The First Amendment Coalition today filed a “friend of court” brief in the United States Supreme Court, urging that court to review and reverse a decision by the West Virginia Supreme Court of Appeals that punished a political candidate for speech that should have been protected under the First Amendment.
The West Virginia court imposed the draconian punishment of a two-year suspension on Judge-Elect Stephen O. Callaghan, ruling that a campaign flyer issued by Callaghan, then a candidate for a state-court judgeship, violated that state’s rules regulating speech by judges and judicial candidates. In addition to the two-year suspension, the West Virginia court fined Callaghan $15,000.
The flyer at issue depicted a photo of Callaghan’s opponent, judge Gary Johnson, side by side with President Barack Obama, along with a statement that said, in part, “Gary Johnson & Barack Obama Party at the White House…While Nicholas County loses hundreds of jobs.”
The West Virginia court acknowledged that each of the statements in the flyer, when read in isolation, could be reasonably interpreted as being true–and would thus be protected under the First Amendment. However, it held that the flyer as a whole was “substantially false,” and thus not protected.
As a result, the West Virginia court held, Callaghan could be punished — and harshly. The Court levied a two-year suspension–in effect overturning the will of the electorate that chose Callaghan over his opponent. Callaghan won the election by 227 votes, with 3,472 votes to Johnson’s 3,245.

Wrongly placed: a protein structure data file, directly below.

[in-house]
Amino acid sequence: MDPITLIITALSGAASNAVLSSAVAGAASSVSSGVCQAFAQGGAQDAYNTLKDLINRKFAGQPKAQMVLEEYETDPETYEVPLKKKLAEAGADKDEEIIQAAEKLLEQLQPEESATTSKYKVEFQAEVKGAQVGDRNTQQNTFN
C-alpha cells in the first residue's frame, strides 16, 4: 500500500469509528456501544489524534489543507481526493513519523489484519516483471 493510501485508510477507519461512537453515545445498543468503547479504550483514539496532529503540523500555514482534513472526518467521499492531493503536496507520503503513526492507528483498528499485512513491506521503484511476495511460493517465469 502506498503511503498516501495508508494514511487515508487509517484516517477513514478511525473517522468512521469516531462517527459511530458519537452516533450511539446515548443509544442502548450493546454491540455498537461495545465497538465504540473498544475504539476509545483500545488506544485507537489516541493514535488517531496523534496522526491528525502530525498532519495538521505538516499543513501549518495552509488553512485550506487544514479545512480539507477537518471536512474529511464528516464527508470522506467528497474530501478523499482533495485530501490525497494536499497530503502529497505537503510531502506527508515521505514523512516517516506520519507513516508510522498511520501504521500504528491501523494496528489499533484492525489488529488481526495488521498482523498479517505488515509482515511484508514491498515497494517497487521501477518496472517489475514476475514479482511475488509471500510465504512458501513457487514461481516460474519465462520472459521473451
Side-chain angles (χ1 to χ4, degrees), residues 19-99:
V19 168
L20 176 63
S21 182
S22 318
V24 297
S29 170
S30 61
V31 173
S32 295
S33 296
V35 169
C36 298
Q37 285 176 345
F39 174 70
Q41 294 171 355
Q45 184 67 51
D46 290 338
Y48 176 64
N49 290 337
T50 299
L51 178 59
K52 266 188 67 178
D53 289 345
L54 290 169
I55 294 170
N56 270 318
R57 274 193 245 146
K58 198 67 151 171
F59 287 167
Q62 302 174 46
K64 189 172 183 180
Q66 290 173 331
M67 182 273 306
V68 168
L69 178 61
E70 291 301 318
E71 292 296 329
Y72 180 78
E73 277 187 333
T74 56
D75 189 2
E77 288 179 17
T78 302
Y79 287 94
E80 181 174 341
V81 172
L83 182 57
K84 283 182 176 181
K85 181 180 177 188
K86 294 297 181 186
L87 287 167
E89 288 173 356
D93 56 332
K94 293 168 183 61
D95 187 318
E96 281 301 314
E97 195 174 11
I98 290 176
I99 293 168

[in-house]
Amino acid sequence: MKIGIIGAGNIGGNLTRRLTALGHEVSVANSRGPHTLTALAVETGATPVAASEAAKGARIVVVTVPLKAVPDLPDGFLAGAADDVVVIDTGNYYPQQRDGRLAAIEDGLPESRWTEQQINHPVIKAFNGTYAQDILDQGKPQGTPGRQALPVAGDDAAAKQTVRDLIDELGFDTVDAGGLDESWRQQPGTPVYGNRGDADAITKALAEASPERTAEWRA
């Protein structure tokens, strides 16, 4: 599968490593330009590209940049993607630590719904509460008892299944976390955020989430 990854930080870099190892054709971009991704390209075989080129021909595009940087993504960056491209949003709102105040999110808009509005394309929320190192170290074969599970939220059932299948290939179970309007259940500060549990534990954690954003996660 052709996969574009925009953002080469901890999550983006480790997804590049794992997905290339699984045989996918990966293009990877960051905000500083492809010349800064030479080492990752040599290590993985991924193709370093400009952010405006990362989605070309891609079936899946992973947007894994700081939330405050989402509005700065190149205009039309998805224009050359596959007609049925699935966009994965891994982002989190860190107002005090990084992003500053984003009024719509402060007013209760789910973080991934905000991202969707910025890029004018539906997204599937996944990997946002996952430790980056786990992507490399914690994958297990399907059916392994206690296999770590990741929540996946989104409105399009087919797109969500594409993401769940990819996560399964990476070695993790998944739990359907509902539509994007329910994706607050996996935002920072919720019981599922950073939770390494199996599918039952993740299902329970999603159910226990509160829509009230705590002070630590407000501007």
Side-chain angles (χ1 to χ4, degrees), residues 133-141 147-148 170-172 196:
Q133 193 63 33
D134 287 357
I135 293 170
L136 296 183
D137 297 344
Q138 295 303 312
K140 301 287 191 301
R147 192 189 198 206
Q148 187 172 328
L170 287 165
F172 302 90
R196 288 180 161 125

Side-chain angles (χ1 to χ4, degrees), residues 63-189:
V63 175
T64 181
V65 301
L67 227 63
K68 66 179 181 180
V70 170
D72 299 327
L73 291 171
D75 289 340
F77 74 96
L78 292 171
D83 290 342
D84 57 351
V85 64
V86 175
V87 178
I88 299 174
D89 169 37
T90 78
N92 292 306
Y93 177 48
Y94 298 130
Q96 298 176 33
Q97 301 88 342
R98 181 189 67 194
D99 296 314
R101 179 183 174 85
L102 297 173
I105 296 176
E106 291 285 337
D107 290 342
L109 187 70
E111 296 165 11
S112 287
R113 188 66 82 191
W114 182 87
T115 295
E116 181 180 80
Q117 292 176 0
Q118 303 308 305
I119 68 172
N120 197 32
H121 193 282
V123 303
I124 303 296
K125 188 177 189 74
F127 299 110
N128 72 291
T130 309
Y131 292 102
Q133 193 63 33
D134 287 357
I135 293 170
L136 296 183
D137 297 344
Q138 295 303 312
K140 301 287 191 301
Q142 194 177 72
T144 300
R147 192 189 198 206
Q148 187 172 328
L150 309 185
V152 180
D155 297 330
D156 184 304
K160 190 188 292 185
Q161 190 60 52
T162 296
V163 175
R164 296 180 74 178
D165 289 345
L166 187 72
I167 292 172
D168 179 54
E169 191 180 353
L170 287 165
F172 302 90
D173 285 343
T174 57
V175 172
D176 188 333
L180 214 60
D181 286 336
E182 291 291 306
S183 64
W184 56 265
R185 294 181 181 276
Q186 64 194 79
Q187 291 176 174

“The West Virginia decision nullified the choice that state’s voters made,” said FAC executive director David Snyder. “If upheld, this ruling could have a devastating impact on the ability of political candidates to engage in the sort of free-wheeling speech that the Supreme Court has time and again said is protected, and is essential to the health of our democracy.”
FAC’s brief shows that the U.S. Supreme Court has repeatedly held, over many decades, that speech about politics — and in particular speech by candidates for political office — is virtually sacrosanct, protected by the First Amendment from punishment by the government. Yet courts in many states and federal circuits have come to widely different conclusions about what sorts of speech, and in particular speech by candidates for judicial office, is protected by the Constitution.
Accordingly, FAC’s brief argues, the West Virginia court’s decision presents an ideal opportunity for the high court to clarify that speech by judicial candidates in the context of a political campaign should be afforded the highest level of First Amendment protection.
Both the petition for review and FAC’s amicus brief in support of that petition can be read below.
Bruce P. Merenstein, Samuel W. Silver and Rachel A.H. Horton of the law firm Schnader Harrison Segal & Lewis prepared FAC’s amicus brief.
The case is Callaghan v. West Virginia Judicial Investigation Commission, Case No. 17-54.